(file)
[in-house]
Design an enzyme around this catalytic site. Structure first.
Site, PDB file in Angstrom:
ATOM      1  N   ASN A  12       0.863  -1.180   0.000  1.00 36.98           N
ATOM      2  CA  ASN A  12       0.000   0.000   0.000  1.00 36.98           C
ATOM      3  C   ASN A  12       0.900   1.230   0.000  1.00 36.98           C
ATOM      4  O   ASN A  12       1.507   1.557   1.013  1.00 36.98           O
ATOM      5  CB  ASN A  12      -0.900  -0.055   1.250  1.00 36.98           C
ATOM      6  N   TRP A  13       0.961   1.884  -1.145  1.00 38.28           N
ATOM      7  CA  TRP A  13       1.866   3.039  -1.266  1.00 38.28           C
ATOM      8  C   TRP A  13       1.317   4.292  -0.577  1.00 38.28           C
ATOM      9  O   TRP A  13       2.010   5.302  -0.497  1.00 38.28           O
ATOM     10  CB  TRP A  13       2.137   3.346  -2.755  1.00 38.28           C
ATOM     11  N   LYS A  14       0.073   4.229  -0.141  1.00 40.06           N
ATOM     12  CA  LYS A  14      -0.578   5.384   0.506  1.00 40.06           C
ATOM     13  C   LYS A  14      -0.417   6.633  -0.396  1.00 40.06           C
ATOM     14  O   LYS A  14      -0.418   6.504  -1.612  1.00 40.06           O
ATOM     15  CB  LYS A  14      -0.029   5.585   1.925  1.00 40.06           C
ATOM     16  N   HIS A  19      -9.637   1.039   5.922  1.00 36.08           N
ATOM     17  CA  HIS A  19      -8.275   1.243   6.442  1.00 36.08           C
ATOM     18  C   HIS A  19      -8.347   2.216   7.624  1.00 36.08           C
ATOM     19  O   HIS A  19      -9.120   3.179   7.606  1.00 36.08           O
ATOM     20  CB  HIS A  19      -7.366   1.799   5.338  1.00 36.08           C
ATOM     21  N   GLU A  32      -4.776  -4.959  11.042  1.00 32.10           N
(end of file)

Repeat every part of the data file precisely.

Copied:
[in-house]
Design an enzyme around this catalytic site. Structure first.
Site, PDB file in Angstrom:
ATOM      1  N   ASN A  12       0.863  -1.180   0.000  1.00 36.98           N
ATOM      2  CA  ASN A  12       0.000   0.000   0.000  1.00 36.98           C
ATOM      3  C   ASN A  12       0.900   1.230   0.000  1.00 36.98           C
ATOM      4  O   ASN A  12       1.507   1.557   1.013  1.00 36.98           O
ATOM      5  CB  ASN A  12      -0.900  -0.055   1.250  1.00 36.98           C
ATOM      6  N   TRP A  13       0.961   1.884  -1.145  1.00 38.28           N
ATOM      7  CA  TRP A  13       1.866   3.039  -1.266  1.00 38.28           C
ATOM      8  C   TRP A  13       1.317   4.292  -0.577  1.00 38.28           C
ATOM      9  O   TRP A  13       2.010   5.302  -0.497  1.00 38.28           O
ATOM     10  CB  TRP A  13       2.137   3.346  -2.755  1.00 38.28           C
ATOM     11  N   LYS A  14       0.073   4.229  -0.141  1.00 40.06           N
ATOM     12  CA  LYS A  14      -0.578   5.384   0.506  1.00 40.06           C
ATOM     13  C   LYS A  14      -0.417   6.633  -0.396  1.00 40.06           C
ATOM     14  O   LYS A  14      -0.418   6.504  -1.612  1.00 40.06           O
ATOM     15  CB  LYS A  14      -0.029   5.585   1.925  1.00 40.06           C
ATOM     16  N   HIS A  19      -9.637   1.039   5.922  1.00 36.08           N
ATOM     17  CA  HIS A  19      -8.275   1.243   6.442  1.00 36.08           C
ATOM     18  C   HIS A  19      -8.347   2.216   7.624  1.00 36.08           C
ATOM     19  O   HIS A  19      -9.120   3.179   7.606  1.00 36.08           O
ATOM     20  CB  HIS A  19      -7.366   1.799   5.338  1.00 36.08           C
ATOM     21  N   GLU A  32      -4.776  -4.959  11.042  1.00 32.10           N